Nashville's Police Department is hoping that a recent daylong diversity tour will help its newest cadets be better, more empathic officers. Zigzagging the city last week, the recruits heard from the Muslim community, immigrant groups, African American students and LGBTQ leaders.
The Mobile Diversity Seminar, as it's known, began two years ago as a way to introduce new recruits to some of the city's more vulnerable communities and give them chance to broker a dialogue.
Over a lunch of chicken and rice at Casa Azafran, a nonprofit community center in South Nashville, conversations veered from where to get the best baklava to what type of trauma education the police academy provided.
Linda Copeland, who works in juvenile justice, had a pointed question to the five cadets sitting at her table.
"I was just curious about your thoughts around just that whole juvenile offender piece," she said. "Because especially here in Nashville it has just exploded and it makes you think, 'What in the world is going on?' "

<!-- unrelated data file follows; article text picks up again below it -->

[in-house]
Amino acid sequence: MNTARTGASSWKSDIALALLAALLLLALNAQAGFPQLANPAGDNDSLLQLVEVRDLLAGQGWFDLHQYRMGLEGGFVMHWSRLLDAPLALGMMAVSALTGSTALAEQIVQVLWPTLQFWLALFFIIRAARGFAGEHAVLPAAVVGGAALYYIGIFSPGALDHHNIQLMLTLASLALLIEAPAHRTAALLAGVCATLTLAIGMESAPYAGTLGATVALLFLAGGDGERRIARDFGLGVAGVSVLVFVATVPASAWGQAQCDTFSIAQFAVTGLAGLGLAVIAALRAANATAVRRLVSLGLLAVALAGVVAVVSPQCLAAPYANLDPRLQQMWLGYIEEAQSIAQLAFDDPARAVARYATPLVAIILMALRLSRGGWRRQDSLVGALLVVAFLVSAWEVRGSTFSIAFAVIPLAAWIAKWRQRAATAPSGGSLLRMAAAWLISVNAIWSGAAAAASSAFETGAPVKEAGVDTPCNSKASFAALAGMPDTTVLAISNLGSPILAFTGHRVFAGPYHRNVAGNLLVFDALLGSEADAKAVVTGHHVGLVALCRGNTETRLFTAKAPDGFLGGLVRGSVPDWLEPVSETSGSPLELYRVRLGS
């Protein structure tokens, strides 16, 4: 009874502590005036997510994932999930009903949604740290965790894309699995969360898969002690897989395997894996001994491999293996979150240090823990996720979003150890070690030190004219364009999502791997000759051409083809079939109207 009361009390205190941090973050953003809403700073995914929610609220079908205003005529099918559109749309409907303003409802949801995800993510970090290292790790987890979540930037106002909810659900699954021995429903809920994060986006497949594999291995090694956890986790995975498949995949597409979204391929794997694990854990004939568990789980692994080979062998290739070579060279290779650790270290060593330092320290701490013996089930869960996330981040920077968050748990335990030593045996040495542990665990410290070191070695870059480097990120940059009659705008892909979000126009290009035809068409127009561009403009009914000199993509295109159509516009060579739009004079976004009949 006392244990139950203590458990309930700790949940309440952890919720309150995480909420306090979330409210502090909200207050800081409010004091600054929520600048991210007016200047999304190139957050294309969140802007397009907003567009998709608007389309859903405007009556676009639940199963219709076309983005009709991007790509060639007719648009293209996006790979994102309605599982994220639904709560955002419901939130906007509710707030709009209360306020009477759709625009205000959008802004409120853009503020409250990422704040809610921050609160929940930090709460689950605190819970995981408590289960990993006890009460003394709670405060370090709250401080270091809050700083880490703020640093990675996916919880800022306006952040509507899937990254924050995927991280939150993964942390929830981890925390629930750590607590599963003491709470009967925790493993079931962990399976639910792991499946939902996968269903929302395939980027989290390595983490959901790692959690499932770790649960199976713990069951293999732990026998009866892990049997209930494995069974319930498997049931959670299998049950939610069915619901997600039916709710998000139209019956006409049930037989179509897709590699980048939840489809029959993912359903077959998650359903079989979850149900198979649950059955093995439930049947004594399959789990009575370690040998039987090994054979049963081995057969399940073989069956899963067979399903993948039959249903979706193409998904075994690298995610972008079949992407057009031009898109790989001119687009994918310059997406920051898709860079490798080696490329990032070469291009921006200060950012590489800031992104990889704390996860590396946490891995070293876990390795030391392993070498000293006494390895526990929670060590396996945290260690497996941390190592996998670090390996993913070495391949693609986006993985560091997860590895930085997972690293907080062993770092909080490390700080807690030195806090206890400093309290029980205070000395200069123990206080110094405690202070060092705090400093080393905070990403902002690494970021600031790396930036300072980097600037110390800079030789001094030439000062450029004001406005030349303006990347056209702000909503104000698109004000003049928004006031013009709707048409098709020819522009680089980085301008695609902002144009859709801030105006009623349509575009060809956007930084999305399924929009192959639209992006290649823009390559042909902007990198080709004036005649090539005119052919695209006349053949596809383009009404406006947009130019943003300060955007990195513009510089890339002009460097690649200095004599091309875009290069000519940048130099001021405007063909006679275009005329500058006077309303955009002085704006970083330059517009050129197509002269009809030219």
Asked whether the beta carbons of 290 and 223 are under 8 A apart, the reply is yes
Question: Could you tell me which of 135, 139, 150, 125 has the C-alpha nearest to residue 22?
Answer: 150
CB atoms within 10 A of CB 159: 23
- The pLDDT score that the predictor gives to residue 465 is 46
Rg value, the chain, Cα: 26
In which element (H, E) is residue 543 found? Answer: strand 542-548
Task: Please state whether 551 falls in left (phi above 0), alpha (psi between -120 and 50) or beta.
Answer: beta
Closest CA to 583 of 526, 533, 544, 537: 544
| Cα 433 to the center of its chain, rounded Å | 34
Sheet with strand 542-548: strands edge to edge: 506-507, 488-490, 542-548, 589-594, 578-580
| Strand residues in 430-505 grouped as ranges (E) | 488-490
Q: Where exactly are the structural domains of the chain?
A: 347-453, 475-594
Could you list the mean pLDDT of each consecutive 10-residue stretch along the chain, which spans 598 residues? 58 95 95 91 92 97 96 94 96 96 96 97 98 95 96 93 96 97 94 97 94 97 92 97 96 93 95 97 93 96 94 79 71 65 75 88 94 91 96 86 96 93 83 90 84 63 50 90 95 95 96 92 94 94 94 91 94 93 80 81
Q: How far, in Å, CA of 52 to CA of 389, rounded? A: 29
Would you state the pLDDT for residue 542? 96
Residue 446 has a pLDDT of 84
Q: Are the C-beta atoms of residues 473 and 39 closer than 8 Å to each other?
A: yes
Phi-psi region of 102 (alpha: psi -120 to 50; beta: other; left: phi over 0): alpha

Metro Police recently launched a juvenile crime taskforce to combat what they say is a rash of crimes committed by juveniles.
Destiny Zunic, a 22-year-old recruit spoke up. In some ways, she says, she sees herself in these kids. She didn't have a great family, but she did have others who believed in her — her teammates, her teachers — and that made all the difference.
"Most of them are coming from broken homes, and they don't feel like they have anyone they can turn to or any support system," Zunic said. "So I think that our role as an officer, even just that slight interaction with kids and showing them, 'Hey you can do this and if you can't let me help you and show that you can,' will play a huge impact."
The cadets' class president, Ryan Ludvigson, says he knows the day's training is critical for him and the 29 other new recruits who will graduate Nashville's police academy next month.
"There's lots of perceptions and whatnot just on all sides," Ludvigson said. "Implicit bias is what we're learning about, putting those in check and not letting those hinder our job to serve the members of the community to the best that we can. "
Compared to their months of academy training, it's an incredibly brief, whirlwind introduction to Nashville's cultural communities, who often feel they're on the receiving end of officers' implicit bias. But the organizers hope it will, at least, give the recruits a chance to hear these perspectives before they hit the streets.